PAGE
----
Home cook here, looking for advice on the Hiromoto Gyuto 240mm

Discussion in 'Cooking Knife Reviews' started by joedaddio, Jun 27, 2013.

  1. joedaddio

    joedaddio

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    So I've done a bit of research and the Hiromoto Gyuto 240mm seems to be the knife I am leaning towards. I have searched this forum for more info on this knife, however, and I don't seem to find much posted about it, so I have a couple noobish questions.

    But first, about me: I'm a home cook. I cook dinner most nights because, while my wife is a good cook, she hates cooking. I'm a crummy cook (I like to call myself a "learning" cook) but I love cooking. I've found that loving cooking is usually enough to make something delicious at home with a little planning and preparation. I currently use a no-name chef's knife at home and I'm looking to upgrade to a decent Japanese style blade. I really hate how fat and unruly my knife is. A lot of it is skill, I'm sure, but I'm looking for something more thin and nimble.

    I am halfway decent at sharpening. I've been doing it since I was a kid. I'm nothing special but I can get the blade of my crummy no-name knives at home decently sharp on my crummy hand held diamond kit my dad gave to me years ago (I will also be buying a new sharpening kit, most likely the one I see recommended here all the time from CNTG).

    I cut what most home cooks at home cut: moderate amounts of veggies, fruits, and meats. Sometimes nuts and seeds.

    My first question is: I have never owned a clad knife. Does a clad blade require any specialized knowledge to sharpen? What happens when you eventually get to the clad part after years of sharpening?

    Second: Are there any knives in this price range that are going to blow the socks off the Hiromoto? I was originally looking at the Fujiwara FKM and Tojiro DP knives, but they seemed kind of hit or miss on F&F and QC. I figured I'd be okay spending a bit extra to get something I can be confident will last me quite a long while.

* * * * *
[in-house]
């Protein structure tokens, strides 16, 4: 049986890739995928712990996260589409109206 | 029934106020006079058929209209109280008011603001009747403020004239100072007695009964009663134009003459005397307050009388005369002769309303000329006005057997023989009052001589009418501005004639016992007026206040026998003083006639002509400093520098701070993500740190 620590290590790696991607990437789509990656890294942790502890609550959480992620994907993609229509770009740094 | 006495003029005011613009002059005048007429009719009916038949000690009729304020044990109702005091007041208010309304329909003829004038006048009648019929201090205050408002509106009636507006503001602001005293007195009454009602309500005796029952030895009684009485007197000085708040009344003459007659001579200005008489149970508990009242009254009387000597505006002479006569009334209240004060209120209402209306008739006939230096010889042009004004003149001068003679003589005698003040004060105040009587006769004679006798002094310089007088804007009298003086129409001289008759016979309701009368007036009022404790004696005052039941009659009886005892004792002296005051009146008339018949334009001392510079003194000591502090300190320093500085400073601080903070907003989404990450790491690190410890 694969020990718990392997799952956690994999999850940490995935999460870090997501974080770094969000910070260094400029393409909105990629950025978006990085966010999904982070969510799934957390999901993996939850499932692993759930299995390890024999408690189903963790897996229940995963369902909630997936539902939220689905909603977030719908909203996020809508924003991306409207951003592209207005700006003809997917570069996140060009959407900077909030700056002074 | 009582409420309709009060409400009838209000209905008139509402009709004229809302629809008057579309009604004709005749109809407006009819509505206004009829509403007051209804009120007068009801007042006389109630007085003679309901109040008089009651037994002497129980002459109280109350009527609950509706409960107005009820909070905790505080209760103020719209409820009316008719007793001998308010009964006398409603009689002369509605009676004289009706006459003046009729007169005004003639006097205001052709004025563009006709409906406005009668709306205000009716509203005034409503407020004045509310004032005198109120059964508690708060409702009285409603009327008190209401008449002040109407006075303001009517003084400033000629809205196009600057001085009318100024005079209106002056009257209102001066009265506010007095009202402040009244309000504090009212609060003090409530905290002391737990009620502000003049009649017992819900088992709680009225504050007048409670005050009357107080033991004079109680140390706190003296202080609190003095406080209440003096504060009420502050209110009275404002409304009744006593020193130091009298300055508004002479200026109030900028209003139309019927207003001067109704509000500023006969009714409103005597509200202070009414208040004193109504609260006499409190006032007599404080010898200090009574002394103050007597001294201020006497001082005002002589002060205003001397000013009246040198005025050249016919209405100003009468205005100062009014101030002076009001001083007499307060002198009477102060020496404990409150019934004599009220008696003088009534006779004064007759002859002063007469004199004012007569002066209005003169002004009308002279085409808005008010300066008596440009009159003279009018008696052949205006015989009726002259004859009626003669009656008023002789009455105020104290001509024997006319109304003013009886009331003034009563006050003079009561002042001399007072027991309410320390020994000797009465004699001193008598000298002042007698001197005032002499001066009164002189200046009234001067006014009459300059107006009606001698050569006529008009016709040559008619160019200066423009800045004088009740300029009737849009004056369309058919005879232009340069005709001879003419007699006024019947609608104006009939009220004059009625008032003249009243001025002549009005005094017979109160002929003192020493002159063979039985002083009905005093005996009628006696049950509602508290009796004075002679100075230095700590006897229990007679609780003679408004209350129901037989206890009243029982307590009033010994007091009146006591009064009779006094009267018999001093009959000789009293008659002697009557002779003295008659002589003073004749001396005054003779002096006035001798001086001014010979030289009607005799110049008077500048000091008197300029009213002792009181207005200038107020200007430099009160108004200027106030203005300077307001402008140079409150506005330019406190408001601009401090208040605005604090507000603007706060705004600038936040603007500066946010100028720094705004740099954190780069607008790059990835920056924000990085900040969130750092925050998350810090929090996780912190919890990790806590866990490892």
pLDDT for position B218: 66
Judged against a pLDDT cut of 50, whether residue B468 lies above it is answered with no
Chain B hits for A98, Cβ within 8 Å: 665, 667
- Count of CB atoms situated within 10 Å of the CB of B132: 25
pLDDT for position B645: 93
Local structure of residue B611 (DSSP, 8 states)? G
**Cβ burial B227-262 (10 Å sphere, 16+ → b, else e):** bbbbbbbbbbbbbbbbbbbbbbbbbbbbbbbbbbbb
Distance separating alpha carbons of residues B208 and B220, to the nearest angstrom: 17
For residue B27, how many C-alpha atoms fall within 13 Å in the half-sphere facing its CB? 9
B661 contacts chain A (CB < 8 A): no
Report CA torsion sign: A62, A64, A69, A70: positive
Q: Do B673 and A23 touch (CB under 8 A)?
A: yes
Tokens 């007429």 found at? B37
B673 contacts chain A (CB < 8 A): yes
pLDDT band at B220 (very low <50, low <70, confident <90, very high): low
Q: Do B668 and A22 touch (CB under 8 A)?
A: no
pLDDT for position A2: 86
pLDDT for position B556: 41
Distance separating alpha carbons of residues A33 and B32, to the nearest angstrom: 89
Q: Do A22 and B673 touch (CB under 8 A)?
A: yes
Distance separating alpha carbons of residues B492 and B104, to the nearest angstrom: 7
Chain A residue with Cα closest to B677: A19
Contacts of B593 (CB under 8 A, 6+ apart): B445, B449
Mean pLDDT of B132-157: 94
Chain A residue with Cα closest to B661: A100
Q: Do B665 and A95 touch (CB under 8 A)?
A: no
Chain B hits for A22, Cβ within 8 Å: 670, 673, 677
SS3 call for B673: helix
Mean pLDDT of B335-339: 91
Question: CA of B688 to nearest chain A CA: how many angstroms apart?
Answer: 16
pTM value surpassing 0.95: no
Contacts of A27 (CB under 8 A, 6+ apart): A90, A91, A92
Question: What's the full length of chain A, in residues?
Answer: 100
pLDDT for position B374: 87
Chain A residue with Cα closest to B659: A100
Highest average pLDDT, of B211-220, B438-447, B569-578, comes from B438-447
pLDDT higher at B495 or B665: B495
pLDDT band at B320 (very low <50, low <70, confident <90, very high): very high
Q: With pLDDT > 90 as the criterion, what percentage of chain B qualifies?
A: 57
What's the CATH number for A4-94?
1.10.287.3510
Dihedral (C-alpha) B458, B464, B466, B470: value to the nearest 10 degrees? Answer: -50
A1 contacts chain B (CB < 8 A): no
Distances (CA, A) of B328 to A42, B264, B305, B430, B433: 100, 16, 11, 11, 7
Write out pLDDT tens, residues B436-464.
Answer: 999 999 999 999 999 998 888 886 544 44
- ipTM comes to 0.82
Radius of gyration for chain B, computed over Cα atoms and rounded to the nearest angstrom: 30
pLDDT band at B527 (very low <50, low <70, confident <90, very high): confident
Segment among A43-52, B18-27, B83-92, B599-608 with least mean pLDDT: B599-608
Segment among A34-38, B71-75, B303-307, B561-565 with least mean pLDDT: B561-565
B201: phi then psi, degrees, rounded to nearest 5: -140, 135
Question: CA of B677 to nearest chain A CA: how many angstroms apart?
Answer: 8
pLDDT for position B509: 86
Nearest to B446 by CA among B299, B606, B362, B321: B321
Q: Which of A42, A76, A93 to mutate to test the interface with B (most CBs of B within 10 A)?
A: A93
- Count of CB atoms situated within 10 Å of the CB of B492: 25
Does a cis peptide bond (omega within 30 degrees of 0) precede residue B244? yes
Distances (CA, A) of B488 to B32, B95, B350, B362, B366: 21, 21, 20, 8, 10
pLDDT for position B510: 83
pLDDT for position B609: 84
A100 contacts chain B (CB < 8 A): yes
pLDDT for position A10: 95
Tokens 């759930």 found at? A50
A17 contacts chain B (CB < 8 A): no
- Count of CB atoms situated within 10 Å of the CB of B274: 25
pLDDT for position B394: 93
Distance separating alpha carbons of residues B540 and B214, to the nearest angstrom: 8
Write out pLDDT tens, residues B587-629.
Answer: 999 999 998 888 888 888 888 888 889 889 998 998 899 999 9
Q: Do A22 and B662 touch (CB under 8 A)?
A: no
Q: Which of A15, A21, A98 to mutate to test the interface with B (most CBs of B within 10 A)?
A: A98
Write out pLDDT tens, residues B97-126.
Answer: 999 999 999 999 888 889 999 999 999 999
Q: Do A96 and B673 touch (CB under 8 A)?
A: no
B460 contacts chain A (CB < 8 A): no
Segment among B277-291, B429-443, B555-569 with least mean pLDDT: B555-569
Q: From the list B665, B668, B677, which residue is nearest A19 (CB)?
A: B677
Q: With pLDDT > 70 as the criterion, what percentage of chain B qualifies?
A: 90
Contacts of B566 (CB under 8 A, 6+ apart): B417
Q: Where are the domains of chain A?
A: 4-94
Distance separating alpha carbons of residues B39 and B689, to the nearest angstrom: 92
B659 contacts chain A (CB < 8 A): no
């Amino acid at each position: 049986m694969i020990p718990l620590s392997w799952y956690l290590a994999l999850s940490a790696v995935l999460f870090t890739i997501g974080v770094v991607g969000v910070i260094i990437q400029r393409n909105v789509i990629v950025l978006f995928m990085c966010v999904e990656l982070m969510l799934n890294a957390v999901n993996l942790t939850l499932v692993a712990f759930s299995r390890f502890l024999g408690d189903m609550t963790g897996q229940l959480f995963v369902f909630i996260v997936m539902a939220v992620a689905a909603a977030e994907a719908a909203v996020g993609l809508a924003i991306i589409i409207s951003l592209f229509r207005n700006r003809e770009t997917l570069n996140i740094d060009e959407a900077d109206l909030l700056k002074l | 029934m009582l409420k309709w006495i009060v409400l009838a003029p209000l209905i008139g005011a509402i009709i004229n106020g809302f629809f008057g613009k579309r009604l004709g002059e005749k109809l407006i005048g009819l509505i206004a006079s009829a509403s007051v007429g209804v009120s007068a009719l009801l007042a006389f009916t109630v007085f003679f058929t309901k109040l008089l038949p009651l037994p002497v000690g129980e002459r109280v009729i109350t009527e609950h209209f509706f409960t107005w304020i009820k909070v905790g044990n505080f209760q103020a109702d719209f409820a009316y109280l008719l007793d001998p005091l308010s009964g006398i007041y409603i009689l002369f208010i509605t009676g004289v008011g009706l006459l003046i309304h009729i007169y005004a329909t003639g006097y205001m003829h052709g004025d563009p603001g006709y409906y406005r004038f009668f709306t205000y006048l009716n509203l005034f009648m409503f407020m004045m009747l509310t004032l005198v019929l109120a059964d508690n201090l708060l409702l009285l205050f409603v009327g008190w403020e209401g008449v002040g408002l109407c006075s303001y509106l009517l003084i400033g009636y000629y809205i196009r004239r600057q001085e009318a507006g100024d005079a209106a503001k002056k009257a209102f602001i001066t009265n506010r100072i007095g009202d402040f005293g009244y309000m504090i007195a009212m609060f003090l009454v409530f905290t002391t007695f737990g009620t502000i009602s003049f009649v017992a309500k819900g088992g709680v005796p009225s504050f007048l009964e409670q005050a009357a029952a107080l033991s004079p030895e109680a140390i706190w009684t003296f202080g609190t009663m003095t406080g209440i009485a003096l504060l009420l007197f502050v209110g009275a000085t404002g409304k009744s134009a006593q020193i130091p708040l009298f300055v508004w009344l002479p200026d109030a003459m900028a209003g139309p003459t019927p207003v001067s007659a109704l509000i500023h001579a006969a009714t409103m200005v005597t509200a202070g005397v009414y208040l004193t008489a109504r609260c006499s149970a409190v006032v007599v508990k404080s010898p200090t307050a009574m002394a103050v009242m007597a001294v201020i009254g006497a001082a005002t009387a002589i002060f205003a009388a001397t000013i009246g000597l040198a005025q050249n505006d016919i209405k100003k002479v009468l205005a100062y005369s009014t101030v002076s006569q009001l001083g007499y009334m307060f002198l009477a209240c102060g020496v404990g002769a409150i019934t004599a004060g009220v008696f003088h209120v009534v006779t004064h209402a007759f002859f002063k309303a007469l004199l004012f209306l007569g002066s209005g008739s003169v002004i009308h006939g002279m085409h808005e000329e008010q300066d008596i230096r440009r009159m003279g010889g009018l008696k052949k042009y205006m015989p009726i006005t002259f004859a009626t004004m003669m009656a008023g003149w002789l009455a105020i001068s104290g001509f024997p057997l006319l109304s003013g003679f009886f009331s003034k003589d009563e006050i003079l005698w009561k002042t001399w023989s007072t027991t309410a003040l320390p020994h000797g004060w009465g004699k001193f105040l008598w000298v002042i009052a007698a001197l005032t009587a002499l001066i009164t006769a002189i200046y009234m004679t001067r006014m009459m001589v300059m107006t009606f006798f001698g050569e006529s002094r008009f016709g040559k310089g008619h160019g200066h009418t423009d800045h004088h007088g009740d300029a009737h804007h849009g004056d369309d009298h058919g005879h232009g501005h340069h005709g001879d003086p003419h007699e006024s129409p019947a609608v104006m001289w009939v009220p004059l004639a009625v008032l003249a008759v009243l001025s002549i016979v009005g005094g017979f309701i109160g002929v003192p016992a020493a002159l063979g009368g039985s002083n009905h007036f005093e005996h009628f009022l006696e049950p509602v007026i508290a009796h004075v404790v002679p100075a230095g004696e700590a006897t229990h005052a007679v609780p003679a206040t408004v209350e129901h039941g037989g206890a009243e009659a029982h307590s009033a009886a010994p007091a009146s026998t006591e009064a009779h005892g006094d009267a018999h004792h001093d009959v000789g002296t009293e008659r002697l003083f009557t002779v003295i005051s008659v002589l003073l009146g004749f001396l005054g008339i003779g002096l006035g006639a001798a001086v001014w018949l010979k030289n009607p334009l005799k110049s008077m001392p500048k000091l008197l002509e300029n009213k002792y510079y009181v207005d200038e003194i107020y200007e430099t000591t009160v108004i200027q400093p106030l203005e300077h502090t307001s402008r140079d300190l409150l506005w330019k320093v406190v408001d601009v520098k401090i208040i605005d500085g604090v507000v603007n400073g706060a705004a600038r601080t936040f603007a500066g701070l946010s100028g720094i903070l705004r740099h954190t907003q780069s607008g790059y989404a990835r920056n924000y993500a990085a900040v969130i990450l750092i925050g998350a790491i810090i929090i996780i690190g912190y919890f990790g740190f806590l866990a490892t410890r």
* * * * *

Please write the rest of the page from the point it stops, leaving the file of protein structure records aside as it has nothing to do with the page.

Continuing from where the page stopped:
Thank you guys for your info. As a total noob I'm sure there's some things that I am overlooking, so please feel free to ask me anything else or educate me on anything. Thank you in advance for your help.

    joe
     
  2. joedaddio

    joedaddio

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    Thank you for your reply. I was a bit worried about thinning the blade as I sharpened (if it may be a different process with a clad blade), it's good to know it's just going to take me an extra couple minutes whenever I need to sit down and sharpen it to keep it up. I tend to only do it once every couple of sharpenings for my other knives.

    Edit to add: I was in your neck of the woods a couple of weeks ago for my honeymoon. You've got a beautiful place to call home, and everyone I met there was wonderful. I hope to return someday!

    joe
     
    Last edited: Jun 27, 2013
  3. joedaddio

    joedaddio

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    Thanks for your advice. The idea of bringing the angle to the edge helped sum it up nicely for me. The Chef Knives to Go site sells a set with a 500, 1200 and 5k stone, so i think I'll be pretty well taken care of. I'm thinking of adding a strop set as well, but that probably won't be for a while. I'm sure the 1200 will get me plenty far for my current needs. Thank you!

    joe
     
  4. mostadonte2

    mostadonte2

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    Is there a visible difference between the clad and the AS steel itself, or it more of a guessing/feeling game when you thinning the knife?
     
  5. boar_d_laze

    boar_d_laze

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    Yes there is a visible difference.  However, thinning a clad knife is not really much different than thinning a single steel knife.  What issues are you expecting?

    BDL
     
  6. mostadonte2

    mostadonte2

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    I guess exposing more of the inner layer (core alloy) then necessary/designed is my concern.
     
  7. boar_d_laze

    boar_d_laze

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    Rest easy.  Not a problem unless you're "thinning" at an impossibly acute angle. 

    BDL
     
  8. joedaddio

    joedaddio

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    That's good to know. I makes me feel like I don't need to be in a hurry to get a strop.

    joe
     
  9. mike9

    mike9

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    There are plenty of video lessons on line (youtube) that can help you with the process.  Don't go for the whole enchilada first time out - I'm thinning some of my blades every time I take them to the stones.  It's fun once you get the hang of it - make it a zen thing instead of tedious one.  I like how the AS blues on my Hiro and Carter High Grade Gyutos.  It's a great contrast to the stainless cladding.
     
    Last edited: Oct 10, 2013